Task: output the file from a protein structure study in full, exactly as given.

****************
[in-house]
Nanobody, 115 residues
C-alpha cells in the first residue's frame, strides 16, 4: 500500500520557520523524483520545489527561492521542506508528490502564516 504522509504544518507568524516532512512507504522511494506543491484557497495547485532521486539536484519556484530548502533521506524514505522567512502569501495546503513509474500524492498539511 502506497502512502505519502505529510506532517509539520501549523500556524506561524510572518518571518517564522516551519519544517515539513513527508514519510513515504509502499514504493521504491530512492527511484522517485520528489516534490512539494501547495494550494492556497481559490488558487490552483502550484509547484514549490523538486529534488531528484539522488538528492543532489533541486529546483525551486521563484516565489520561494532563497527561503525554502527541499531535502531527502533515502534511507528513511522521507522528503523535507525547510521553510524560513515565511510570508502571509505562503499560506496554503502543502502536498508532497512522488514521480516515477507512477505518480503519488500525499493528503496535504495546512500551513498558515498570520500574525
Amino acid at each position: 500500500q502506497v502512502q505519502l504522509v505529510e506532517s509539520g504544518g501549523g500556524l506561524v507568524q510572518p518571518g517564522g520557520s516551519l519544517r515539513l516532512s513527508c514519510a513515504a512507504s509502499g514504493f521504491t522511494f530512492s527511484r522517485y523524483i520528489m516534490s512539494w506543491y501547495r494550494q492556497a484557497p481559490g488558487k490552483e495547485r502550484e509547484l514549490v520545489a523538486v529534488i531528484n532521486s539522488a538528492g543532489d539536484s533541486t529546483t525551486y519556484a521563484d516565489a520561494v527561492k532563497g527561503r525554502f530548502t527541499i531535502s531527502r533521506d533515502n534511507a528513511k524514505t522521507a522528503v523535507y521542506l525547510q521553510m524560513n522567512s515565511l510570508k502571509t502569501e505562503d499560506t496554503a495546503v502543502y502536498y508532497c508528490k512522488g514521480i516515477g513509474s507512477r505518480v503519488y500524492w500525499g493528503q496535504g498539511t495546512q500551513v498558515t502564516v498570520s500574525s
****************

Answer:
[in-house]
Nanobody, 115 residues
C-alpha cells in the first residue's frame, strides 16, 4: 500500500520557520523524483520545489527561492521542506508528490502564516 504522509504544518507568524516532512512507504522511494506543491484557497495547485532521486539536484519556484530548502533521506524514505522567512502569501495546503513509474500524492498539511 502506497502512502505519502505529510506532517509539520501549523500556524506561524510572518518571518517564522516551519519544517515539513513527508514519510513515504509502499514504493521504491530512492527511484522517485520528489516534490512539494501547495494550494492556497481559490488558487490552483502550484509547484514549490523538486529534488531528484539522488538528492543532489533541486529546483525551486521563484516565489520561494532563497527561503525554502527541499531535502531527502533515502534511507528513511522521507522528503523535507525547510521553510524560513515565511510570508502571509505562503499560506496554503502543502502536498508532497512522488514521480516515477507512477505518480503519488500525499493528503496535504495546512500551513498558515498570520500574525
Amino acid at each position: 500500500q502506497v502512502q505519502l504522509v505529510e506532517s509539520g504544518g501549523g500556524l506561524v507568524q510572518p518571518g517564522g520557520s516551519l519544517r515539513l516532512s513527508c514519510a513515504a512507504s509502499g514504493f521504491t522511494f530512492s527511484r522517485y523524483i520528489m516534490s512539494w506543491y501547495r494550494q492556497a484557497p481559490g488558487k490552483e495547485r502550484e509547484l514549490v520545489a523538486v529534488i531528484n532521486s539522488a538528492g543532489d539536484s533541486t529546483t525551486y519556484a521563484d516565489a520561494v527561492k532563497g527561503r525554502f530548502t527541499i531535502s531527502r533521506d533515502n534511507a528513511k524514505t522521507a522528503v523535507y521542506l525547510q521553510m524560513n522567512s515565511l510570508k502571509t502569501e505562503d499560506t496554503a495546503v502543502y502536498y508532497c508528490k512522488g514521480i516515477g513509474s507512477r505518480v503519488y500524492w500525499g493528503q496535504g498539511t495546512q500551513v498558515t502564516v498570520s500574525s